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Here's the tricky thing about sustainable packaging: While it's not a primary purchase motivator for most people, a blatant disregard for it may turn off consumers, who have increasing expectations for brands to incorporate green business practices, Brandweek reported.
In The Hartman Group's "Sustainability Outlook: The Rise of Consumer Responsibility," the Bellevue, Wash.-based firm interviewed 1,600 people and identified 88 percent of the population as members of the "world of sustainability." (Interestingly, while the majority of Americans identify with the term, only half can define it.)
The study found that the ability to have some kind of afterlife is the packaging feature that matters to them most -- being recyclable reigned supreme. Three in four consumers (75 percent) ranked the ability to return a product's vessel to the consumer marketplace via curbside bins as either "very important" or "important." The feature that ranked next in packaging preference was biodegradability (71 percent). Oddly, both of these choices outranked minimal packaging (62 percent), which one would think would require less recycling and biodegrading -- or exertion to create -- in the first place.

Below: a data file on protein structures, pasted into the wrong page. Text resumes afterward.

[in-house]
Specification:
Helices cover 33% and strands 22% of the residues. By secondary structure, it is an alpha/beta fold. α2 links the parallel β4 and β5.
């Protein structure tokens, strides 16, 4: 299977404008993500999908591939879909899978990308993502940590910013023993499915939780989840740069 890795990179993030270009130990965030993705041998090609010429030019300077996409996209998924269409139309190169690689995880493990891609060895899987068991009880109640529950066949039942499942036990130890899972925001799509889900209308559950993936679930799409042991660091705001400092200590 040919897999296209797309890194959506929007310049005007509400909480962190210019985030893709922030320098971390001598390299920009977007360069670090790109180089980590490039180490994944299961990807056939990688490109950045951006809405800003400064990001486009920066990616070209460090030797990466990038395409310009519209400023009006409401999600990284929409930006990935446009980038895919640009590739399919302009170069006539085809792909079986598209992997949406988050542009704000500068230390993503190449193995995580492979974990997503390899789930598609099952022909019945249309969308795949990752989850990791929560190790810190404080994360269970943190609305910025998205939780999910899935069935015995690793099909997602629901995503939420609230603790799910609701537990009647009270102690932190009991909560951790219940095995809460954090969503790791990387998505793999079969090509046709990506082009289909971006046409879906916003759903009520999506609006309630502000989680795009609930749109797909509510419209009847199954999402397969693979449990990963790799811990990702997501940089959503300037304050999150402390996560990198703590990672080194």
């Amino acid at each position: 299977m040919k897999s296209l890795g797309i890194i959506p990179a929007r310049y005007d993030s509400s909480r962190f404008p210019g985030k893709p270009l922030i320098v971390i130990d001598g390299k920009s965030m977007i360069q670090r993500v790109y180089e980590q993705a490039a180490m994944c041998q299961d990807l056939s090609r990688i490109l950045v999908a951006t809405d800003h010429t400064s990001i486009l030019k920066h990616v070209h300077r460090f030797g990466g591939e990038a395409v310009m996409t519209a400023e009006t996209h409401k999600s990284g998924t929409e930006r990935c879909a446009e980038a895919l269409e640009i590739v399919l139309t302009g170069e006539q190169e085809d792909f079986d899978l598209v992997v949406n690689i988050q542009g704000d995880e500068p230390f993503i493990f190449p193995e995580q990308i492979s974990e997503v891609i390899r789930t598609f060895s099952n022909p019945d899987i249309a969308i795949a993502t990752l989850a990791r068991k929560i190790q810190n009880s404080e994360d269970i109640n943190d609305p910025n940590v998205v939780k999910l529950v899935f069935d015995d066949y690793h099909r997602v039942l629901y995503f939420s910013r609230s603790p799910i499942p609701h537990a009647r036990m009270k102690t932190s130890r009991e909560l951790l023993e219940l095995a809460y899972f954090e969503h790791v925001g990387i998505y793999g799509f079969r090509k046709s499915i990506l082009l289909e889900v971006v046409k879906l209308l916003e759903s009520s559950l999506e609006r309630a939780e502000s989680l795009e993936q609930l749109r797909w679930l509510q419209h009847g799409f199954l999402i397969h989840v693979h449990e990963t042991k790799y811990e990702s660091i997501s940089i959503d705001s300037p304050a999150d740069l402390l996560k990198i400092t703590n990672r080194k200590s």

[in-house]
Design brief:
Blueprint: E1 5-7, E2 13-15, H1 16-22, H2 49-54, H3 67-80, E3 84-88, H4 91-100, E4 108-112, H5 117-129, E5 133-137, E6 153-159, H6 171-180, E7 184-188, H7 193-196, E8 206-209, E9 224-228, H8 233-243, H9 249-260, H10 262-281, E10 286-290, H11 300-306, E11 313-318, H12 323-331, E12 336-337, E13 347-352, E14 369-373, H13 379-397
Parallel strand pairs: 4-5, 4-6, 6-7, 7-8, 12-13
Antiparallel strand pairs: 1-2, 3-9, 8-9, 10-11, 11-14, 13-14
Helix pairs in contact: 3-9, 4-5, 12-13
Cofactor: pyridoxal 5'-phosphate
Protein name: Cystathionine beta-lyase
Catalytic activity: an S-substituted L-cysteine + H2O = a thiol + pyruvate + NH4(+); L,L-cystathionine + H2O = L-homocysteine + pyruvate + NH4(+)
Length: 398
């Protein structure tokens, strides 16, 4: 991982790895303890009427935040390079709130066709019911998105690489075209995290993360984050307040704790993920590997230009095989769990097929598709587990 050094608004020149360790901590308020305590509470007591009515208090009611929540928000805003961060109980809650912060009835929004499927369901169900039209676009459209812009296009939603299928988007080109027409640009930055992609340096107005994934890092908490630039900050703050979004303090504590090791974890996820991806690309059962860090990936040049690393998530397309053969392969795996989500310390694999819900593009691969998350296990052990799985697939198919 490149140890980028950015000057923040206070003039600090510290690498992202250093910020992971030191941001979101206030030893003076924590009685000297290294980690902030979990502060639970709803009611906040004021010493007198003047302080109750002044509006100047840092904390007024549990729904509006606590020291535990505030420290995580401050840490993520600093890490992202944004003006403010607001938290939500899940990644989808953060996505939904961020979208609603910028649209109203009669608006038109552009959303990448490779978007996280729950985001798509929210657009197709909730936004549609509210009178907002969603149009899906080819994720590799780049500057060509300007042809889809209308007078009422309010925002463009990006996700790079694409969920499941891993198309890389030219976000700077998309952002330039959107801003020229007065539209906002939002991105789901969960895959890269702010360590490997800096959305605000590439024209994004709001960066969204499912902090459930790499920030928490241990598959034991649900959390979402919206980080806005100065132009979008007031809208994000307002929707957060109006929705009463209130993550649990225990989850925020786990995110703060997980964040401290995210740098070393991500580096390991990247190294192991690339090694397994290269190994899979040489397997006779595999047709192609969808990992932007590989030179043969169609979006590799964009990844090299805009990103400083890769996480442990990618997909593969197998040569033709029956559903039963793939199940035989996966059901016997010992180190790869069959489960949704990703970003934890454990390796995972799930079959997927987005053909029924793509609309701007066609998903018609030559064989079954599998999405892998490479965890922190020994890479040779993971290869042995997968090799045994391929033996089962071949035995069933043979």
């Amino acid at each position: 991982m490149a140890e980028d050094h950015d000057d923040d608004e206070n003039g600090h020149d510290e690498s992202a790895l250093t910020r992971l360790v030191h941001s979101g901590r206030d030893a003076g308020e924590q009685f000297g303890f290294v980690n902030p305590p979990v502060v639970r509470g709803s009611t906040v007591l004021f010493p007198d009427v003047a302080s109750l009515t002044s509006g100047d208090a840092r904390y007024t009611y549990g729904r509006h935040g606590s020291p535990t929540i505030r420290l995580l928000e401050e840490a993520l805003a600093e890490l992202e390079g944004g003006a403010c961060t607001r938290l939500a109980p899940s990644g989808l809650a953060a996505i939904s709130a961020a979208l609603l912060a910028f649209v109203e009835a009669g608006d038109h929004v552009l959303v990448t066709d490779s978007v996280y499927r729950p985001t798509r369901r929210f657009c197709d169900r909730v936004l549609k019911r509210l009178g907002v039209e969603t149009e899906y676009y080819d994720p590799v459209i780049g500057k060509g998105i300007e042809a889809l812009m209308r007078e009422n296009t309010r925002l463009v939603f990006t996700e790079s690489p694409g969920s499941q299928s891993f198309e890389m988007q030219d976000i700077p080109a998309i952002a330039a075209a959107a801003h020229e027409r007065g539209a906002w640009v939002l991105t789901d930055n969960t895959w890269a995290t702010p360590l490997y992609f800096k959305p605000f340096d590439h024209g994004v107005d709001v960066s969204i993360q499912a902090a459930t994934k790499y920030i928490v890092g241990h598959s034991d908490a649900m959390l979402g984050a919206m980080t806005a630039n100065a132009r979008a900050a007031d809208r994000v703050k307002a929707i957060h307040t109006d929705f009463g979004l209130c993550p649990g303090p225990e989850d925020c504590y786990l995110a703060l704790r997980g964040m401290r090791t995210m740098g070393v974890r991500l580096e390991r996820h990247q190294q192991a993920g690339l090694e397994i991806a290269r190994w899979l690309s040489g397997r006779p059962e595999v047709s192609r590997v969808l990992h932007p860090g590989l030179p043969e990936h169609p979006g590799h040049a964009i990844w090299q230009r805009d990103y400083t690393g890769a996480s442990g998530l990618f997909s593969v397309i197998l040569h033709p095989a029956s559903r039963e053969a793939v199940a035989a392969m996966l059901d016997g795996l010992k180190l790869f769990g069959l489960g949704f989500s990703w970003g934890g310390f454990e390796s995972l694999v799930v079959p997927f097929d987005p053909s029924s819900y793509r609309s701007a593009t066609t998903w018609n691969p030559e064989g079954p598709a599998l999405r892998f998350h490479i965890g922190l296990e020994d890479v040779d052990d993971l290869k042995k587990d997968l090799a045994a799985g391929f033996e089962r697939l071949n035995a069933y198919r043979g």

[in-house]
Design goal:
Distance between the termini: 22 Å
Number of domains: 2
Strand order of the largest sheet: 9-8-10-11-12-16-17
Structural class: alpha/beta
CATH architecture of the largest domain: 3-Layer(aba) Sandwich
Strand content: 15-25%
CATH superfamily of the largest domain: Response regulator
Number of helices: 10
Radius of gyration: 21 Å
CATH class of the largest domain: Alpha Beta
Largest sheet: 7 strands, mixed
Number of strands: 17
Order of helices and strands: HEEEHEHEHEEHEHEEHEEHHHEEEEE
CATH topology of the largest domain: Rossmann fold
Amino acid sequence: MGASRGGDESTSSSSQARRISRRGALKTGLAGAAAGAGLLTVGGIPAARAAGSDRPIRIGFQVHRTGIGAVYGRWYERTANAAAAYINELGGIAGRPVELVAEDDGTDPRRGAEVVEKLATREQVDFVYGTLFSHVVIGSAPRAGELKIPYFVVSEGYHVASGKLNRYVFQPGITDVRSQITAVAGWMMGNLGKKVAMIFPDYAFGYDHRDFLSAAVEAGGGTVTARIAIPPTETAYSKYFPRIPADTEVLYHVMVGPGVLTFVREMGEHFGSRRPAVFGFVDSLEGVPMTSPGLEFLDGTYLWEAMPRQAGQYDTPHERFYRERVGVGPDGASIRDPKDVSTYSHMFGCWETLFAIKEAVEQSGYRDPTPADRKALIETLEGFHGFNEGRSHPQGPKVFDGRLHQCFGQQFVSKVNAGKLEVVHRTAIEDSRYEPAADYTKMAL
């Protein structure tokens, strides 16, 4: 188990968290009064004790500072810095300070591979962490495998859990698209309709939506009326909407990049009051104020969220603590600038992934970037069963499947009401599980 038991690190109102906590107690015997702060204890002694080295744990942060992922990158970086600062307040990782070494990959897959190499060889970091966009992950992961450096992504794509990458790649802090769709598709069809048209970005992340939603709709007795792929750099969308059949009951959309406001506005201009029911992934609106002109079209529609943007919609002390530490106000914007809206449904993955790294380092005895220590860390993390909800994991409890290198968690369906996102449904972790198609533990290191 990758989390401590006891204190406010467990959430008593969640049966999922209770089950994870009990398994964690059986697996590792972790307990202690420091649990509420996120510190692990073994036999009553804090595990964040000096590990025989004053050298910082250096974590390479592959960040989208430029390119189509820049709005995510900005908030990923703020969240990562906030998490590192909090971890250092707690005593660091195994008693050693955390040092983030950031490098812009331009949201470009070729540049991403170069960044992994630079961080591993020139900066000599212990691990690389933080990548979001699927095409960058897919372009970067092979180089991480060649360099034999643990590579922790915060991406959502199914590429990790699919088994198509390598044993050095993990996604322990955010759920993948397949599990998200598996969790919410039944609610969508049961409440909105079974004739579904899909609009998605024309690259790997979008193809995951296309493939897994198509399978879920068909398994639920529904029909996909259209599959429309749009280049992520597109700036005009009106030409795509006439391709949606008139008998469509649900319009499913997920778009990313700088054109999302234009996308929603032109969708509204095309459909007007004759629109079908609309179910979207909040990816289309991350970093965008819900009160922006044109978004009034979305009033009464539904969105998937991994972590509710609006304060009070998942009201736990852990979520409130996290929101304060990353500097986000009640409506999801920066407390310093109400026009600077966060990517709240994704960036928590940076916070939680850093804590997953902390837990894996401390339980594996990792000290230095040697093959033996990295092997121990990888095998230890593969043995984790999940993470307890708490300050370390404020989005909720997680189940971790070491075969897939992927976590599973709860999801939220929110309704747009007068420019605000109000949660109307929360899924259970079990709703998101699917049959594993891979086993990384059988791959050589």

These choices were followed by containers composed of recycled content (67 percent), refillable containers (63 percent), containers that are reusable for other purposes (60 percent) and compostables (51 percent).
"Consumers are increasingly aware of the back-end -- where it goes when it enters their home and after they touch it," said Alison Worthington, The Hartman Group's managing director of sustainability. "Packaging is also a great way to communicate your sustainability message. The No. 1 thing people will respond to is how it's disposed of -- the three Rs [Reduce, Reuse, Recycle]."
Despite greenwashing concerns, Worthington said that environmentally friendly claims on packages aren't met with a sarcastic eye roll most of the time. According to her study, 82 percent of consumers said they think brands' green claims are mostly true, and 42 percent said they view a certification from a third party on a package as an important factor in their decision-making process about which sustainable benefits are believable.